MU Partners With Missouri Schools for Rejuvenation of Education
St. Louis and Kansas City school districts face problems affecting student success
March 11, 2009
Story Contact: Jeffrey Beeson, (573) 882-9144, BessonJ@missouri.edu
COLUMBIA, Mo. - Knowledge is power and key to many of life's successes. However, urban youth are missing the opportunity to effectively tackle the academic challenges of college because they were not adequately prepared. Now, a team of University of Missouri faculty in the College of Education have partnered with St. Louis and Kansas City school districts in a mission to assure that Missouri's urban children are given opportunities to succeed.
"What we're working toward is called simultaneous renewal. This partnership was formed to impact the teacher development program as well as the students' learning environment," said Dan Lowry, co-director of the MU Partnership for Educational Renewal (MPER).
Through dialogue sessions, MU undergraduates share their experiences regarding college preparation and the expectations of their university professors compared to their high school teachers. In addition, MU faculty members discuss urban education problems and current research in the College of Education. This information is shared with district administration to assist the administrators with evaluating and effecting positive changes in curriculum and teaching methods for students.
The MU team also is implementing renewal goals through the "Senior Year-On Site" and the "MU Teaching Fellows" programs in St. Louis and Kansas City. The "Senior Year-On Site" program gives students the opportunity to conduct a year of hands-on training with guidance from a mentor. The program allows students to immerse themselves into the life and culture of an entire school community while taking on the responsibilities of their own classrooms. The "MU Teaching Fellows" program offers support for teachers in their first year and an opportunity to earn a master's degree. Kansas City business leaders recognized the value of this program and donated $10,000 to attract fellows to their school districts and provide housing scholarships.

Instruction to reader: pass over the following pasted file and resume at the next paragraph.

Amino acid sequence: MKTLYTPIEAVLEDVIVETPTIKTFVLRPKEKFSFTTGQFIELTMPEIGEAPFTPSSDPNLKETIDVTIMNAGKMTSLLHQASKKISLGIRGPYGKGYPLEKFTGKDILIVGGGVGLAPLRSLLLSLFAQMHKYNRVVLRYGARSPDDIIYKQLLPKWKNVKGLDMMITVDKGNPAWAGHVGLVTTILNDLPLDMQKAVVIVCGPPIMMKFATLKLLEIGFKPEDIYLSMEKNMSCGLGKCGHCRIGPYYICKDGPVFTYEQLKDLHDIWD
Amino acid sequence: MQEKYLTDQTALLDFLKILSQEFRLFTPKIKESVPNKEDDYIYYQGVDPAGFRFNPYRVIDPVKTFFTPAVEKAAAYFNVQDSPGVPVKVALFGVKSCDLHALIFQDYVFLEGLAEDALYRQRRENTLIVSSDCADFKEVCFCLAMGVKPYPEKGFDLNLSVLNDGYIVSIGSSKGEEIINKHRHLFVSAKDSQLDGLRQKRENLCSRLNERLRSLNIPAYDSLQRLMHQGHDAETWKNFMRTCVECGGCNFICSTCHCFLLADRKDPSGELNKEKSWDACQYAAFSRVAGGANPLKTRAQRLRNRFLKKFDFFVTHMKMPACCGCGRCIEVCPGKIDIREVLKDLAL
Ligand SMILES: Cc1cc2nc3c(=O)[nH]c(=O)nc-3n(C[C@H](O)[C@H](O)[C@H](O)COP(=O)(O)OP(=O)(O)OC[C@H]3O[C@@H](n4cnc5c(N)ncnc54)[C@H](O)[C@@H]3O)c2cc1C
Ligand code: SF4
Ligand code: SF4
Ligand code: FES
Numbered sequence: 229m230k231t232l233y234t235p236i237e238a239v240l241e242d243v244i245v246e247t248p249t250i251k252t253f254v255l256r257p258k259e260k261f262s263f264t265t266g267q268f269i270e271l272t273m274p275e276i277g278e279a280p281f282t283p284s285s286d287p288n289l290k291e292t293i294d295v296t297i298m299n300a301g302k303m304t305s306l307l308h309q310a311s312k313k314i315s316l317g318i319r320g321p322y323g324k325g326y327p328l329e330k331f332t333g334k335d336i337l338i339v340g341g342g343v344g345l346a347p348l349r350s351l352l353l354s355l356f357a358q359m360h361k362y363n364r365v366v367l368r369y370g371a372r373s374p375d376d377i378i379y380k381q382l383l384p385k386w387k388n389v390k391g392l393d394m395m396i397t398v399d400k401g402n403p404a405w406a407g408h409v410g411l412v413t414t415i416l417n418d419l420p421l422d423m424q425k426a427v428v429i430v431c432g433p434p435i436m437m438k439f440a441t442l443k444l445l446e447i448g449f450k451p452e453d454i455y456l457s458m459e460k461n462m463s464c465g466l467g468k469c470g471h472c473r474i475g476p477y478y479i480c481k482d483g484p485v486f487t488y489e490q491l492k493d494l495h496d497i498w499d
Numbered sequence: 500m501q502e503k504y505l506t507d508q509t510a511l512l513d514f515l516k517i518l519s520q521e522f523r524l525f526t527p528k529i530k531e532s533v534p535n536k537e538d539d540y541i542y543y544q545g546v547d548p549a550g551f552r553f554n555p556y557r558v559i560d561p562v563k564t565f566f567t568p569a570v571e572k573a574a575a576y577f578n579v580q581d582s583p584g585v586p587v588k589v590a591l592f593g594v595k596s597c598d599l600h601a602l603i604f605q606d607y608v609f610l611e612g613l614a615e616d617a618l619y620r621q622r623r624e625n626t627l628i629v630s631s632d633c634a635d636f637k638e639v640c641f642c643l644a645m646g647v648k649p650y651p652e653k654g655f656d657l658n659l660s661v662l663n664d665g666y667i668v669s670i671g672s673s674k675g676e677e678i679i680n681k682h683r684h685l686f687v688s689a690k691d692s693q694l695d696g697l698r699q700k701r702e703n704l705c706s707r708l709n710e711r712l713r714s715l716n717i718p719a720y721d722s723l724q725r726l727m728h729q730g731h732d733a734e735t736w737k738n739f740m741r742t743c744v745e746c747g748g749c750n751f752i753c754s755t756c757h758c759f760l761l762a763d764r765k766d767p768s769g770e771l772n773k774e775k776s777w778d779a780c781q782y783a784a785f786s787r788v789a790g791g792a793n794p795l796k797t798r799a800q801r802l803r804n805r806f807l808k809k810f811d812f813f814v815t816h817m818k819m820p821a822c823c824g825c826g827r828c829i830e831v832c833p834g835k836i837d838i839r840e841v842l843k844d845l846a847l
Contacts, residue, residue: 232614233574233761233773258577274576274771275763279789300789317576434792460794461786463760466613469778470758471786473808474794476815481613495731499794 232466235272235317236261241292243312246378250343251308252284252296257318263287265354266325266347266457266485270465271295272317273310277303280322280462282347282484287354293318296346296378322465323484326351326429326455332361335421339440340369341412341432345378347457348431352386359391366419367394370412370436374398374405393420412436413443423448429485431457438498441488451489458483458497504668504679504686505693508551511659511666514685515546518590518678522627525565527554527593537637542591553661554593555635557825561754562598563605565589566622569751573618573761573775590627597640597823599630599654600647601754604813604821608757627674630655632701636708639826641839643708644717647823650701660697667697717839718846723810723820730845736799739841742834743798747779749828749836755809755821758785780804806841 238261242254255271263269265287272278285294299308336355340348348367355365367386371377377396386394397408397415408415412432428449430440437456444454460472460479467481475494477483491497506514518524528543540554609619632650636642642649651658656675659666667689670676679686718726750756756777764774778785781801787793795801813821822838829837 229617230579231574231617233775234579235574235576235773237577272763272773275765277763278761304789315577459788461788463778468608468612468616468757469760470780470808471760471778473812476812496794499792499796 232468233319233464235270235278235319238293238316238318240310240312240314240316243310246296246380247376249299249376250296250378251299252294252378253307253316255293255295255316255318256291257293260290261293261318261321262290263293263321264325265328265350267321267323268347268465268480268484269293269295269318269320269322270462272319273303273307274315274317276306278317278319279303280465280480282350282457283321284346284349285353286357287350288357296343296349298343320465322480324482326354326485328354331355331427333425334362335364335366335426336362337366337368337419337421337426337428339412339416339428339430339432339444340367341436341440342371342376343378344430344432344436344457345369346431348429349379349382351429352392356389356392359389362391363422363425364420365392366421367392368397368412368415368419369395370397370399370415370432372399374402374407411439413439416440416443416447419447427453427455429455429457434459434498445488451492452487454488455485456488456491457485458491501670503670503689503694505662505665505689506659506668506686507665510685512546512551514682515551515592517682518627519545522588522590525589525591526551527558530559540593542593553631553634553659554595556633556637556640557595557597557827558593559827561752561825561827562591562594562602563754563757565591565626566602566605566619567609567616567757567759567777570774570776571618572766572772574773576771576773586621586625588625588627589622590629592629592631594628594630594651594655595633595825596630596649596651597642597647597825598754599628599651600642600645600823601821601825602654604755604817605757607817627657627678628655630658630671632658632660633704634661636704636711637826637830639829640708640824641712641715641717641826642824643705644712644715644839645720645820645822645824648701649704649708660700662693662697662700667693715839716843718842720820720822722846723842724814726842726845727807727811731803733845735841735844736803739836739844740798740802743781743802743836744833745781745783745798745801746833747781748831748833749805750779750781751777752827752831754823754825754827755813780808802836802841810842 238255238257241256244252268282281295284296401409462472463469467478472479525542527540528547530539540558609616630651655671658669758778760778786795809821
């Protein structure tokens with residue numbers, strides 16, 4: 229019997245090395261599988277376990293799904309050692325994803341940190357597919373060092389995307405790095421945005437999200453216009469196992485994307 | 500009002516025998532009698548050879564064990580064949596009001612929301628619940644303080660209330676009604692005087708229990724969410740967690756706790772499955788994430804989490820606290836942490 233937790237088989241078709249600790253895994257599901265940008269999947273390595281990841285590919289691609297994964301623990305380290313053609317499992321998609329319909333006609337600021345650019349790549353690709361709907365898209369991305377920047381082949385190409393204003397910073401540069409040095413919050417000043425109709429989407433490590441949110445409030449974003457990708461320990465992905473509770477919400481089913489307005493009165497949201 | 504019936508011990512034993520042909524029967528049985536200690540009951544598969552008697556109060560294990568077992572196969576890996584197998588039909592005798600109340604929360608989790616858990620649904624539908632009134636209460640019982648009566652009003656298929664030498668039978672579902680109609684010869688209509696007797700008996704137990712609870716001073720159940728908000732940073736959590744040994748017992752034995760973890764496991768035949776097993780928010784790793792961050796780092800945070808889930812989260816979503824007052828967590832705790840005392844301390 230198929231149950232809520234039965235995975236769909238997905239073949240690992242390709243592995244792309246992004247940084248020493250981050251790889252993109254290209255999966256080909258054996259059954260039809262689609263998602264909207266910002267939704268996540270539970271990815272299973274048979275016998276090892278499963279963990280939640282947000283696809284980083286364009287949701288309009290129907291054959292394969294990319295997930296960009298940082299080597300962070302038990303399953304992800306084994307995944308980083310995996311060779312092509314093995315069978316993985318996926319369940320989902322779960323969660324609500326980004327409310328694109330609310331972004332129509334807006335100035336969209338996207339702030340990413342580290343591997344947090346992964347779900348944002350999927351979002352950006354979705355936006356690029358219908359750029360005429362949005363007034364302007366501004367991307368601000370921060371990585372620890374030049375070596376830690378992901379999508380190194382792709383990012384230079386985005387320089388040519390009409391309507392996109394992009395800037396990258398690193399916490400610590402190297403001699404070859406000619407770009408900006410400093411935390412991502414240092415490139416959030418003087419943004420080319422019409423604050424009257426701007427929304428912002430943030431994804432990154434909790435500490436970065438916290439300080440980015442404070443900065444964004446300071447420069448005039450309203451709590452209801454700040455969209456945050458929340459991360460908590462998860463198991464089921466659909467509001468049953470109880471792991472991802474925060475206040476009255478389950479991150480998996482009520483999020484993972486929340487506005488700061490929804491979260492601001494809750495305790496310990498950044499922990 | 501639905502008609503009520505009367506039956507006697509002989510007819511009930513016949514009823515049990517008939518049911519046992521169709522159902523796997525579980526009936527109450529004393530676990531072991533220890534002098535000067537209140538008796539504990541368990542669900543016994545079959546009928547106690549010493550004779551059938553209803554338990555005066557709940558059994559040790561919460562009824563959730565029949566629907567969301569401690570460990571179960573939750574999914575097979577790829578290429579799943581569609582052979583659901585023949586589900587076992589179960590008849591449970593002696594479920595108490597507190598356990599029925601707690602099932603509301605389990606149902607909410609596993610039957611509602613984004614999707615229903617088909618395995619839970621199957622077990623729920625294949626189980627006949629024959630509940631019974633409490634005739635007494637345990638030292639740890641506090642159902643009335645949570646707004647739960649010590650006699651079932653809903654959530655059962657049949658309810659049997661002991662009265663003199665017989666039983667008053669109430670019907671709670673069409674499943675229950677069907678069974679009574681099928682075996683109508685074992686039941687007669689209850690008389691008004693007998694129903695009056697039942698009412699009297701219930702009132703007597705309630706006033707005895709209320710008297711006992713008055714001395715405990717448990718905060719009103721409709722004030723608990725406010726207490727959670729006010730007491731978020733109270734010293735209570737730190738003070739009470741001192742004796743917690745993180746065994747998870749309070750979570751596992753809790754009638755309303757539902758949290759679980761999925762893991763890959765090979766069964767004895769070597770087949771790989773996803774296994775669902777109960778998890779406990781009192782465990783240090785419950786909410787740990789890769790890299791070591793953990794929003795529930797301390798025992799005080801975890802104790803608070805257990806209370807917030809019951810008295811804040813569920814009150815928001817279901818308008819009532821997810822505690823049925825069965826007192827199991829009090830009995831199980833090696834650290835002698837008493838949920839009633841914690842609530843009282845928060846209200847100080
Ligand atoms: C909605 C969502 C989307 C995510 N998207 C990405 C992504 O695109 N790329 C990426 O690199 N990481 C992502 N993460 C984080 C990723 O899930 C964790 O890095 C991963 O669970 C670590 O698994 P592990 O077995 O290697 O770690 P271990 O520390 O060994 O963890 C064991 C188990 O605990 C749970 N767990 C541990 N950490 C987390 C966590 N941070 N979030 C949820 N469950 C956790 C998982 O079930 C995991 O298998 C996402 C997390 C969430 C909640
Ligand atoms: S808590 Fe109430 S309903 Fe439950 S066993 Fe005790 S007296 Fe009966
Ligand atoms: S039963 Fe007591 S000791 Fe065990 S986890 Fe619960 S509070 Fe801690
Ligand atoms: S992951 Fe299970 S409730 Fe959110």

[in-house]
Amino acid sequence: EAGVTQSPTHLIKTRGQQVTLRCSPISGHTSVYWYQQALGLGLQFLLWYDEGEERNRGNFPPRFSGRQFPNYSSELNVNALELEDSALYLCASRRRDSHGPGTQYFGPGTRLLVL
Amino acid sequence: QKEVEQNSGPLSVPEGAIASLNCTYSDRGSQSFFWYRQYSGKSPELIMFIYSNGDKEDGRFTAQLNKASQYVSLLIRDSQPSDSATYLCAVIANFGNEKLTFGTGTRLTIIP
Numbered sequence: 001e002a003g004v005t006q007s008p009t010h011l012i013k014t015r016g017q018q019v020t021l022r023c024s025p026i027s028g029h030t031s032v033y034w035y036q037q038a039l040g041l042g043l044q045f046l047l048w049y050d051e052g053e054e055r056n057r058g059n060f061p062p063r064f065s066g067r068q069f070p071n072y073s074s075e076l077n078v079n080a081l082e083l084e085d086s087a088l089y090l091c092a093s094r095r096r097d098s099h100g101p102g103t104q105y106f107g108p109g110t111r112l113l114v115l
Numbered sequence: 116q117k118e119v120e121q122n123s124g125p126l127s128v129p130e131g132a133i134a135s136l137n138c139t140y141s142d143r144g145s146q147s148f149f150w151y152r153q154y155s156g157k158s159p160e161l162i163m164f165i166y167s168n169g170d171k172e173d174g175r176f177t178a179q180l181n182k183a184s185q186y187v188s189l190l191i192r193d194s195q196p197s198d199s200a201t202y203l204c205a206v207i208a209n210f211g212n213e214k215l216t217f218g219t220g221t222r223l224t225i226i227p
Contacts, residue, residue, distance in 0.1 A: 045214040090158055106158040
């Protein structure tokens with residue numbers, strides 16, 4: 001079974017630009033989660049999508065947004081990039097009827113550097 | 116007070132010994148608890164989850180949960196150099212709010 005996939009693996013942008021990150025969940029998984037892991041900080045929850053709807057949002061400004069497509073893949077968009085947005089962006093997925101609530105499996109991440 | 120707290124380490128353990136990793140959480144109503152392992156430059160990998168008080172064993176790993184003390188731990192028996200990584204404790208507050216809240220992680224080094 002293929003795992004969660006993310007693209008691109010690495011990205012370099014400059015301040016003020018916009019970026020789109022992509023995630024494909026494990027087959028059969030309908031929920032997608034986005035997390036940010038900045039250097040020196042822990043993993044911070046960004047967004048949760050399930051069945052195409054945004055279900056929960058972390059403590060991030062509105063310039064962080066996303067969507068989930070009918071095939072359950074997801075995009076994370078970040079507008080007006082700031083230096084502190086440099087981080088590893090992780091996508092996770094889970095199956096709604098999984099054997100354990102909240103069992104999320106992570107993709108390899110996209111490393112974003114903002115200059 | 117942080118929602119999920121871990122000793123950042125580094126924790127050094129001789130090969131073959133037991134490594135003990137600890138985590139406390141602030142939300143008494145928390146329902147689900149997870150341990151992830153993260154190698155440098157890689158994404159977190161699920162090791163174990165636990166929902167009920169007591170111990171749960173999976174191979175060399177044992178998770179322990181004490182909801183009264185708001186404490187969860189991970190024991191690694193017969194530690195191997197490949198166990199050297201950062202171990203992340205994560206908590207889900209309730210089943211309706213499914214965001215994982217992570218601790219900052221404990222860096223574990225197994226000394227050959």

"School districts across the country, including those in the St. Louis and Kansas City areas, have experienced miscommunication within the districts, a shortage of teachers and a high turnover of administration," Lowry said. "When students are having a new principal each of their four years of high school or a new teacher in the middle of the year, the relationship between child and educator is never established. These problems are contributing to student inability to meet expectations of college professors, while limiting opportunities for success after graduating high school and entering college."
In order to achieve a rejuvenation of educational institutions, policies and programs must be established that focus on student achievement and quality teacher preparation in the urban areas of St. Louis and Kansas City. Therefore, it is necessary to identify problems of practice, complete evaluation reports and develop unique field experiences for teachers while supporting the collaborative efforts of stakeholders that focus on teacher quality and preparation, Lowry said.
In addition to the new partnership with Kansas City and St. Louis, the MPER program works with 20 other Missouri school districts, affecting more than 194,000 students. The MPER is a member of the National Network for Educational Renewal.